Tuesday, 8 January 2013: 2:00 PM
Room 5ABC (Austin Convention Center)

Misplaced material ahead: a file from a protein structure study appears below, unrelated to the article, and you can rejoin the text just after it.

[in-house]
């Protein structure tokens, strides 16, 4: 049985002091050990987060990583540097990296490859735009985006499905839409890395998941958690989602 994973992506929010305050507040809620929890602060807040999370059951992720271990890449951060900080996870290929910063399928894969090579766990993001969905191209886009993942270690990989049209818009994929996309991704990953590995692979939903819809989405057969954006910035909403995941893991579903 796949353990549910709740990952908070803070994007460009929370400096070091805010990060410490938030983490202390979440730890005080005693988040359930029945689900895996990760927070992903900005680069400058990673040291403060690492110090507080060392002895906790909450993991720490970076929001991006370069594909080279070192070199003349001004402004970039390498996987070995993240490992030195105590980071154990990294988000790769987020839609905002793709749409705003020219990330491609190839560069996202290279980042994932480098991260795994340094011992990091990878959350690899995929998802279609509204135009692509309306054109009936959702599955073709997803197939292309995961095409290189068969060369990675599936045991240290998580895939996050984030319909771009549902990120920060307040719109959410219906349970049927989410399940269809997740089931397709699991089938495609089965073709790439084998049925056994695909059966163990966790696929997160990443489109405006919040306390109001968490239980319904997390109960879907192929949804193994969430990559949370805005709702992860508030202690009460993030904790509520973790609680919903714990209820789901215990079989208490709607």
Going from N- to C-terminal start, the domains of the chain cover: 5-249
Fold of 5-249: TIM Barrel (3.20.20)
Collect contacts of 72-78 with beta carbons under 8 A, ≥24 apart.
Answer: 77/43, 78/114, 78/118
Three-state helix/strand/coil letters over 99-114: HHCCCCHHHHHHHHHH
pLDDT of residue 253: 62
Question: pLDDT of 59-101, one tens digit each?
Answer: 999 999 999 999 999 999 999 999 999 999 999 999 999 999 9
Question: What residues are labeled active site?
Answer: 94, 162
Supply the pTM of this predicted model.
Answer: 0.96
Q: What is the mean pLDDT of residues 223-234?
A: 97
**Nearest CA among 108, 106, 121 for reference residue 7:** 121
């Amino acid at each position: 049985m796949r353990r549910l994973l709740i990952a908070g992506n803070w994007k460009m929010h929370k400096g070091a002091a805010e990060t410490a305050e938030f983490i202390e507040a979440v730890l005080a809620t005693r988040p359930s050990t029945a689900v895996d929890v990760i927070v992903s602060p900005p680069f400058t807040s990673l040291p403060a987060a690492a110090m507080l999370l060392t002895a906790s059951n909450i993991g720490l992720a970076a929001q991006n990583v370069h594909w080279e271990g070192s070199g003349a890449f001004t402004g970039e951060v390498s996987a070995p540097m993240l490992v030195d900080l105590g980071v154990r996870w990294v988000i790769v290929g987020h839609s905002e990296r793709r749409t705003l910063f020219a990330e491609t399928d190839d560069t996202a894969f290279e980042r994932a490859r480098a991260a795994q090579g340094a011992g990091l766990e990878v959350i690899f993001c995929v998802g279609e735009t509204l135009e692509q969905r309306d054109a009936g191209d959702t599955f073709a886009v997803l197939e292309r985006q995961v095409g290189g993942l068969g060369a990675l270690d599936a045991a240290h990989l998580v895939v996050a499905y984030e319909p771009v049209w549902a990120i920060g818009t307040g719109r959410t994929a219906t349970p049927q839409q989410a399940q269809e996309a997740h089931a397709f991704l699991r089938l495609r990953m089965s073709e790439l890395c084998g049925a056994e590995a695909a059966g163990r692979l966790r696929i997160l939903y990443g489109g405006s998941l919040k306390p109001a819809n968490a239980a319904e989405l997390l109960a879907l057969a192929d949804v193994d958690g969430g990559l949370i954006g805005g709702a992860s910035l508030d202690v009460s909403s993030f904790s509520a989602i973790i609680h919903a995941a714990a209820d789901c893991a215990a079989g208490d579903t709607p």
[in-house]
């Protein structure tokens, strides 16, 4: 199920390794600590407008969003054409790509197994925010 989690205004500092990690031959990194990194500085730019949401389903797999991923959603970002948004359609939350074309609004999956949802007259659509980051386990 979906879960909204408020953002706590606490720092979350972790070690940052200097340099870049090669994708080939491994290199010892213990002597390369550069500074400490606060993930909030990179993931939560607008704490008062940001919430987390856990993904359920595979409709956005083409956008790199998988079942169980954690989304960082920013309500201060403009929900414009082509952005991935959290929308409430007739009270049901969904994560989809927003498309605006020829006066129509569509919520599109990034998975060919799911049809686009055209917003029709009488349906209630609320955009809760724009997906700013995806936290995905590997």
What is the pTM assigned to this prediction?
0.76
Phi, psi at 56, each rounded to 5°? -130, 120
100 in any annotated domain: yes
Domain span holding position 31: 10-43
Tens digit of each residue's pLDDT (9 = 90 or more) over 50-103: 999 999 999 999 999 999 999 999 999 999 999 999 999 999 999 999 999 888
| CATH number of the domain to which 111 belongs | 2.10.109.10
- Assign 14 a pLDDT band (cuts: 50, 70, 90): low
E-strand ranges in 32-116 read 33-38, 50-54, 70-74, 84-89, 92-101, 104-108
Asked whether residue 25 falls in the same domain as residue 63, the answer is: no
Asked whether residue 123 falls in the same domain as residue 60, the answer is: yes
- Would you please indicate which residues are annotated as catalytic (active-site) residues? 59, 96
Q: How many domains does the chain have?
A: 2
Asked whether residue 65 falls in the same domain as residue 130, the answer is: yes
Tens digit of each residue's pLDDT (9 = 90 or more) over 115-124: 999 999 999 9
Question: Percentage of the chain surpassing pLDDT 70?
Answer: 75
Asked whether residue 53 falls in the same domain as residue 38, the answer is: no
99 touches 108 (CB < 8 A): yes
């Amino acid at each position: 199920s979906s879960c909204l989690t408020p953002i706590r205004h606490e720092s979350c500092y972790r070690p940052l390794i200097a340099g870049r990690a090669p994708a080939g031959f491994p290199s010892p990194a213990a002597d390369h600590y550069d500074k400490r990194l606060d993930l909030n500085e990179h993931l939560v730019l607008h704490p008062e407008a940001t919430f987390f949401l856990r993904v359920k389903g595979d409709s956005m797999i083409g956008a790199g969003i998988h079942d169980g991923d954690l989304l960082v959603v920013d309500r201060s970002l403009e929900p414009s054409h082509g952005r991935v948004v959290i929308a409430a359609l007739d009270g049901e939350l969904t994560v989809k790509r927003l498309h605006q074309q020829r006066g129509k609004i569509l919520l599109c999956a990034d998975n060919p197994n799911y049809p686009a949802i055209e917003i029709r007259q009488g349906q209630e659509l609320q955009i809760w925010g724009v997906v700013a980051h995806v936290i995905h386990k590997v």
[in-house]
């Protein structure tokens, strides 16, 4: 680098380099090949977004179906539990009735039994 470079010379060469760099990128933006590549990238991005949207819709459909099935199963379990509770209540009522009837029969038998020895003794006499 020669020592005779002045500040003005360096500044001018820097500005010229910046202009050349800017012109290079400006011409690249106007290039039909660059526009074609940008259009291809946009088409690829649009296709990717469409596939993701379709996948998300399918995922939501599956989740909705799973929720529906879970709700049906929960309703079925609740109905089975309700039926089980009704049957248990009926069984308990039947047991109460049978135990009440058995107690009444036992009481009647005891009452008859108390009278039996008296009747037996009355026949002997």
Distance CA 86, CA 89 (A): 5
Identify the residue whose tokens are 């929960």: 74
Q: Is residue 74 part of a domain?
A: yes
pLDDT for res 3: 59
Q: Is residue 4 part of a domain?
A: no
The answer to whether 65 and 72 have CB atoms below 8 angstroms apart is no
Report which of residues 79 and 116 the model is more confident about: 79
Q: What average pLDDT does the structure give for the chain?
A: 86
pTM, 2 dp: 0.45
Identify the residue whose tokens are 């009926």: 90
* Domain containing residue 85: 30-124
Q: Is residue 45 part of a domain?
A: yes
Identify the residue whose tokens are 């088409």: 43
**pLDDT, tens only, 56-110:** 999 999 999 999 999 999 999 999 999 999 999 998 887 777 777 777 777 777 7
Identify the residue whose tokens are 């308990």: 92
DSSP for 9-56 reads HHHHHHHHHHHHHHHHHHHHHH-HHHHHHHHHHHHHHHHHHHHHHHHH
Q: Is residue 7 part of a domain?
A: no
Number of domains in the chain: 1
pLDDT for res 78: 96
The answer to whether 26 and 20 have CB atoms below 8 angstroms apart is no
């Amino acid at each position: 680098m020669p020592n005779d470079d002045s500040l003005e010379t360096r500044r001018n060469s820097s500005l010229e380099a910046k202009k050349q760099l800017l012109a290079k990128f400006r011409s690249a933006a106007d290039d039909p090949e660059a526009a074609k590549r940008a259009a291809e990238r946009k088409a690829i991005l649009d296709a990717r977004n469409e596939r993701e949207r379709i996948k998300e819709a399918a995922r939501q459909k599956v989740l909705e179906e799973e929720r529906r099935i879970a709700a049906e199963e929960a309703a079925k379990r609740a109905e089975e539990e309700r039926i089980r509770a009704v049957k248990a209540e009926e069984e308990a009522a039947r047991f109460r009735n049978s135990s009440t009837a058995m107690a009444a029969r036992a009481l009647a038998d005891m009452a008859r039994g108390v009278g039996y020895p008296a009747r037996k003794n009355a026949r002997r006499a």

It has been argued that there is an unnatural propensity for hailstorms and tornadoes to 'rest on weekends' in a statistically notable way. This is attributed to claims that there are fewer aerosols in the atmosphere on weekends than week days. Based on solid statistical, meteorological, and observational grounds, rather, it is shown that 1) this minimum is absent when different time periods are used or when "tornado days" are considered rather than counts of individual tornadoes, 2) a lack of integrating concepts about storm dynamics and associated microphysics has led to overly generalized arguments, and 3) aerosol averaging over broad geographical regions is inappropriate for assessing their influence on tornadoes. We find that hailstorms and tornadoes do not, in fact, rest on weekends, and we present a number of physical arguments for why a weekly cycle would not be expected anyway.
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